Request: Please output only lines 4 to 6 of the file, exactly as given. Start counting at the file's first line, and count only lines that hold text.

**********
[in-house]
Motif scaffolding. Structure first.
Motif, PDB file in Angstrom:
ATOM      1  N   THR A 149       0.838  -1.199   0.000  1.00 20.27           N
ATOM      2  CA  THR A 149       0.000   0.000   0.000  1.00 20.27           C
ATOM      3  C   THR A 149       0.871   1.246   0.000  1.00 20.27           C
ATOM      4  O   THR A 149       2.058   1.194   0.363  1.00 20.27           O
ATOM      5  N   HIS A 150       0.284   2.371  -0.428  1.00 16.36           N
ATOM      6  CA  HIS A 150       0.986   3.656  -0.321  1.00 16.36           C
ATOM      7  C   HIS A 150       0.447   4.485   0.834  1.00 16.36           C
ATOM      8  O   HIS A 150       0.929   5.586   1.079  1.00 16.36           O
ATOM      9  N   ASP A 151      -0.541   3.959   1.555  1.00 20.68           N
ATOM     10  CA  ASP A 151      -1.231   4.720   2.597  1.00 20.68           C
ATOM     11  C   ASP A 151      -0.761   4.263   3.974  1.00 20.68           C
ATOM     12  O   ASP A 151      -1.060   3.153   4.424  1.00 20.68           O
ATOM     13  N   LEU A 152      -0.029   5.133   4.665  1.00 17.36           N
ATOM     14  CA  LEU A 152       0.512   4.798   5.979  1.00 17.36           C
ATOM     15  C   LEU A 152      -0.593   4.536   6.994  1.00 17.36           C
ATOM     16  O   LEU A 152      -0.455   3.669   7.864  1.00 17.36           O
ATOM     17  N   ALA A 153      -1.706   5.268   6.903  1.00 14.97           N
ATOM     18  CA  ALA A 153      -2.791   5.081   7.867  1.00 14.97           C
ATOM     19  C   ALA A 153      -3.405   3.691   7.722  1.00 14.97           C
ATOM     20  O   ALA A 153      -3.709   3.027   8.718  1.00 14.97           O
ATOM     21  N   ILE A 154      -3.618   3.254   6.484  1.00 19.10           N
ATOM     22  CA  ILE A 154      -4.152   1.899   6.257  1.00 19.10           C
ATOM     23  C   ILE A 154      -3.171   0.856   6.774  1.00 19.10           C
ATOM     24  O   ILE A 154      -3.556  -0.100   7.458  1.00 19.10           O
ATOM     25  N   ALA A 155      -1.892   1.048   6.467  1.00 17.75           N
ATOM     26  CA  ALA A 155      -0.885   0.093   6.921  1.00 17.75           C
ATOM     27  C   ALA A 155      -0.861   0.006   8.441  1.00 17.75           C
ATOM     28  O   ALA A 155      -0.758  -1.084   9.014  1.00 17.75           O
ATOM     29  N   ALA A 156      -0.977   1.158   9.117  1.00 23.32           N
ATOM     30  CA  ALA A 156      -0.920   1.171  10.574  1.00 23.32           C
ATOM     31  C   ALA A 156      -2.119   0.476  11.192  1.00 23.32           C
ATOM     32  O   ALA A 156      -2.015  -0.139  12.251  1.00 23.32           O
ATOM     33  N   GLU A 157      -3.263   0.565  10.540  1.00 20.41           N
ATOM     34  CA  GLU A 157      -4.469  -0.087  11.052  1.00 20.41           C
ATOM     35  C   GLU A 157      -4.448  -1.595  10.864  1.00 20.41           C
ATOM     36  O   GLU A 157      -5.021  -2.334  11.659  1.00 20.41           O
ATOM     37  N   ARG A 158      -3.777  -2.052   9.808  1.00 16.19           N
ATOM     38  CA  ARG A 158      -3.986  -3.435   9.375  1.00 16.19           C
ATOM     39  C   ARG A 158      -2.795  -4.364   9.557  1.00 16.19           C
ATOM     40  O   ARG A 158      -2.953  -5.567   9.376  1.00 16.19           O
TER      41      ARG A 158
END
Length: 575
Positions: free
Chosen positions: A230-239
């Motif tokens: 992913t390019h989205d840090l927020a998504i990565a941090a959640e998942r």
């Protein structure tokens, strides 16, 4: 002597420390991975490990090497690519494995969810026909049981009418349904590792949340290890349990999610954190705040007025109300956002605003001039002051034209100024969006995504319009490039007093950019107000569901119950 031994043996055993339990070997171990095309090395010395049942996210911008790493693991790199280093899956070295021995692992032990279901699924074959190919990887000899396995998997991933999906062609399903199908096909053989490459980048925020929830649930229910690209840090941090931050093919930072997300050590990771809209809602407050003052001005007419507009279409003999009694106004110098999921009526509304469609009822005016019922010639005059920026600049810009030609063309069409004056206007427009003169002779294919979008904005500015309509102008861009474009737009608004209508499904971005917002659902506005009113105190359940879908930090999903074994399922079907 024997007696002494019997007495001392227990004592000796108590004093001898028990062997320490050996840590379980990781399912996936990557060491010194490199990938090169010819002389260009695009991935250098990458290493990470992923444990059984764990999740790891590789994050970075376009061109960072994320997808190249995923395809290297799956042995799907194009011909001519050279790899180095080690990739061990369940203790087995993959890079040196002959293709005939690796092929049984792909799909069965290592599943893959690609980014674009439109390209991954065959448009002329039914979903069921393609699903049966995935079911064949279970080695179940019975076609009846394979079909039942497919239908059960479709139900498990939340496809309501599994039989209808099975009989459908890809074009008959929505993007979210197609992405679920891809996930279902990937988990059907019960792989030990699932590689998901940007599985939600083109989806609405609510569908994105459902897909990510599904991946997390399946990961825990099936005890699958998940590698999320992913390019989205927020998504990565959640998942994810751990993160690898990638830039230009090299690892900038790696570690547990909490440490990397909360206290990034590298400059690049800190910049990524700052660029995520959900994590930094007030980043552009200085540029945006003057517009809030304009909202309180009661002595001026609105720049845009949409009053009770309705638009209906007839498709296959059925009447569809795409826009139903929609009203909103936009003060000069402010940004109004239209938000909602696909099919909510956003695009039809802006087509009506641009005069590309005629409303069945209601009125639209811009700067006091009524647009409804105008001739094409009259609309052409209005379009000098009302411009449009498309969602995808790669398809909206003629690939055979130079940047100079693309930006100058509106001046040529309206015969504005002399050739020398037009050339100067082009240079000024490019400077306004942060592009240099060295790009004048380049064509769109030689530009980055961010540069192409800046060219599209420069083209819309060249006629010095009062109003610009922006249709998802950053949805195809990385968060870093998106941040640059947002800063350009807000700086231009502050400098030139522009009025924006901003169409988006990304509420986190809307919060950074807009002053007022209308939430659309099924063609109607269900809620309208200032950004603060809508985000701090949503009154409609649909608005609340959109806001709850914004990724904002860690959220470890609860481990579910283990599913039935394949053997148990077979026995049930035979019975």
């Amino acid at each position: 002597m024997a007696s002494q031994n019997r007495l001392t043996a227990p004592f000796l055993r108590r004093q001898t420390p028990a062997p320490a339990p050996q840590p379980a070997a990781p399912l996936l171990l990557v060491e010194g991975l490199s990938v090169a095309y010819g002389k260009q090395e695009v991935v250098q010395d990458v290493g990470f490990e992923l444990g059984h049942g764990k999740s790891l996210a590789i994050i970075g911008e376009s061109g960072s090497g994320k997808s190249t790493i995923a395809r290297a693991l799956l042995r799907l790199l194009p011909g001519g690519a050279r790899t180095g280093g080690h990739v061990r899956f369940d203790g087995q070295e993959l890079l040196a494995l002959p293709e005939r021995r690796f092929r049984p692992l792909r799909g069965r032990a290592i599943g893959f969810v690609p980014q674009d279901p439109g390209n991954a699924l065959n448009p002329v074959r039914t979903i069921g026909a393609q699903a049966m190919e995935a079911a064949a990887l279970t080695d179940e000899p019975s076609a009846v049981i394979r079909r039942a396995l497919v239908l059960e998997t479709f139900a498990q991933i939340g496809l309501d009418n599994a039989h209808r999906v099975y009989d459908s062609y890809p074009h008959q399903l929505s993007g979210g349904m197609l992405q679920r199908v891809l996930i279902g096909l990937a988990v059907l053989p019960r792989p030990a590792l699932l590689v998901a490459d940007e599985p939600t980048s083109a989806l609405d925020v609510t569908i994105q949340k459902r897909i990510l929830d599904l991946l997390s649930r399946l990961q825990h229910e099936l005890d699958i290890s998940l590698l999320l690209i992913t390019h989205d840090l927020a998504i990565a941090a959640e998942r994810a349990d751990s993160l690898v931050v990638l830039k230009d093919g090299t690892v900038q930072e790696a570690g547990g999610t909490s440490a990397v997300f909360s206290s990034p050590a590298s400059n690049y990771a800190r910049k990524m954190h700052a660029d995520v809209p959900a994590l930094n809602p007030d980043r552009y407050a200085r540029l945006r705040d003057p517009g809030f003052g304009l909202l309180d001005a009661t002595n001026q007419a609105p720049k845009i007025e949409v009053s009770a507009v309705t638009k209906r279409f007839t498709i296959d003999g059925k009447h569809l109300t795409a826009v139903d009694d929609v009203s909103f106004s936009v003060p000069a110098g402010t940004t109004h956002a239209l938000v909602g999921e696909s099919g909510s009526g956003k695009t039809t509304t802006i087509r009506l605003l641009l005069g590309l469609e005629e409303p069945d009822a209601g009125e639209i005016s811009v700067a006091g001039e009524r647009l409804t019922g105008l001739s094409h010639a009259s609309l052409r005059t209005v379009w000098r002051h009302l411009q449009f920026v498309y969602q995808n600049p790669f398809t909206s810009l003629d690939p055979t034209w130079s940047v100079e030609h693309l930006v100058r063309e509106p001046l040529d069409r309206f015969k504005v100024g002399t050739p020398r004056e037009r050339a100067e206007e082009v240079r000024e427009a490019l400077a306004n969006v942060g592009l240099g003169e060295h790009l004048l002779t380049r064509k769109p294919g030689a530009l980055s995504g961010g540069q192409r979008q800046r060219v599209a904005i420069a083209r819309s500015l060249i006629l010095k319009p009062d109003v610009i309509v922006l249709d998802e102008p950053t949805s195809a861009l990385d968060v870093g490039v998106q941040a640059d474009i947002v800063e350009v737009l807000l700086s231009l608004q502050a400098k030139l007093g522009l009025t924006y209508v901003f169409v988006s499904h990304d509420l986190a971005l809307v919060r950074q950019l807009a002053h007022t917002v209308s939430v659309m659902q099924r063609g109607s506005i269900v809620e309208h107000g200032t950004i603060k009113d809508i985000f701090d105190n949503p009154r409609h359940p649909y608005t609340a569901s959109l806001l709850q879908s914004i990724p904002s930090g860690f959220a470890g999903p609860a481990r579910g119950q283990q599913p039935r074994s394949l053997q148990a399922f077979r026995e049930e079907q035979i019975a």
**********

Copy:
ATOM      1  N   THR A 149       0.838  -1.199   0.000  1.00 20.27           N
ATOM      2  CA  THR A 149       0.000   0.000   0.000  1.00 20.27           C
ATOM      3  C   THR A 149       0.871   1.246   0.000  1.00 20.27           C